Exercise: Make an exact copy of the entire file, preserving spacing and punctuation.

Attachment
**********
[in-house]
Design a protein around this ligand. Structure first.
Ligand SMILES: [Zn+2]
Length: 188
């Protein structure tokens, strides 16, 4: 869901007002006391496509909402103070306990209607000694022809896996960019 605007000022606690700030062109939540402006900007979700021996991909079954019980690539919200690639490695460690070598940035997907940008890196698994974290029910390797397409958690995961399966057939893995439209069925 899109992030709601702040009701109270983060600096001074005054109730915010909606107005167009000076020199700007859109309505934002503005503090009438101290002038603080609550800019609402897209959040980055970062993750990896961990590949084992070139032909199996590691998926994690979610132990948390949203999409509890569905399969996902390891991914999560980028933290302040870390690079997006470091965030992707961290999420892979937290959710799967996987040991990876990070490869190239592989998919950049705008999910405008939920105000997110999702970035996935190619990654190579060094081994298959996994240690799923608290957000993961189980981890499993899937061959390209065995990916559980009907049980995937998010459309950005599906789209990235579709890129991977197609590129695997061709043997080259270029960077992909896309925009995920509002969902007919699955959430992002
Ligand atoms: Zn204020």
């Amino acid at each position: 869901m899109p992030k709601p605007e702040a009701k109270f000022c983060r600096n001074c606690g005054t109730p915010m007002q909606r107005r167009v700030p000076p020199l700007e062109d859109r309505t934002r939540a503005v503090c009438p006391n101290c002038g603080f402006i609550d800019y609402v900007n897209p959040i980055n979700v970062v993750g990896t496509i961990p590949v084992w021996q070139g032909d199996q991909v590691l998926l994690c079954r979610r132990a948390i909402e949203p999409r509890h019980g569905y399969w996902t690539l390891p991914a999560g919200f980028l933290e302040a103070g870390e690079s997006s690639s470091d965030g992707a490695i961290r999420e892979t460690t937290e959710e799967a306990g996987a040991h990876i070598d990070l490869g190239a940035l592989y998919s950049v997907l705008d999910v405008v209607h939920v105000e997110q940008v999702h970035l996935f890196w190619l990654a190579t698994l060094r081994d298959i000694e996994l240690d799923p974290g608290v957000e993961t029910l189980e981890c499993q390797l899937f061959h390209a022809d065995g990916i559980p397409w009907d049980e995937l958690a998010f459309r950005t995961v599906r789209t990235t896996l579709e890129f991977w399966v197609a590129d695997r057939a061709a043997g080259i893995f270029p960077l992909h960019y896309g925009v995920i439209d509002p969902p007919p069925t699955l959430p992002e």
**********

[in-house]
Design a protein around this ligand. Structure first.
Ligand SMILES: [Zn+2]
Length: 188
């Protein structure tokens, strides 16, 4: 869901007002006391496509909402103070306990209607000694022809896996960019 605007000022606690700030062109939540402006900007979700021996991909079954019980690539919200690639490695460690070598940035997907940008890196698994974290029910390797397409958690995961399966057939893995439209069925 899109992030709601702040009701109270983060600096001074005054109730915010909606107005167009000076020199700007859109309505934002503005503090009438101290002038603080609550800019609402897209959040980055970062993750990896961990590949084992070139032909199996590691998926994690979610132990948390949203999409509890569905399969996902390891991914999560980028933290302040870390690079997006470091965030992707961290999420892979937290959710799967996987040991990876990070490869190239592989998919950049705008999910405008939920105000997110999702970035996935190619990654190579060094081994298959996994240690799923608290957000993961189980981890499993899937061959390209065995990916559980009907049980995937998010459309950005599906789209990235579709890129991977197609590129695997061709043997080259270029960077992909896309925009995920509002969902007919699955959430992002
Ligand atoms: Zn204020």
């Amino acid at each position: 869901m899109p992030k709601p605007e702040a009701k109270f000022c983060r600096n001074c606690g005054t109730p915010m007002q909606r107005r167009v700030p000076p020199l700007e062109d859109r309505t934002r939540a503005v503090c009438p006391n101290c002038g603080f402006i609550d800019y609402v900007n897209p959040i980055n979700v970062v993750g990896t496509i961990p590949v084992w021996q070139g032909d199996q991909v590691l998926l994690c079954r979610r132990a948390i909402e949203p999409r509890h019980g569905y399969w996902t690539l390891p991914a999560g919200f980028l933290e302040a103070g870390e690079s997006s690639s470091d965030g992707a490695i961290r999420e892979t460690t937290e959710e799967a306990g996987a040991h990876i070598d990070l490869g190239a940035l592989y998919s950049v997907l705008d999910v405008v209607h939920v105000e997110q940008v999702h970035l996935f890196w190619l990654a190579t698994l060094r081994d298959i000694e996994l240690d799923p974290g608290v957000e993961t029910l189980e981890c499993q390797l899937f061959h390209a022809d065995g990916i559980p397409w009907d049980e995937l958690a998010f459309r950005t995961v599906r789209t990235t896996l579709e890129f991977w399966v197609a590129d695997r057939a061709a043997g080259i893995f270029p960077l992909h960019y896309g925009v995920i439209d509002p969902p007919p069925t699955l959430p992002e």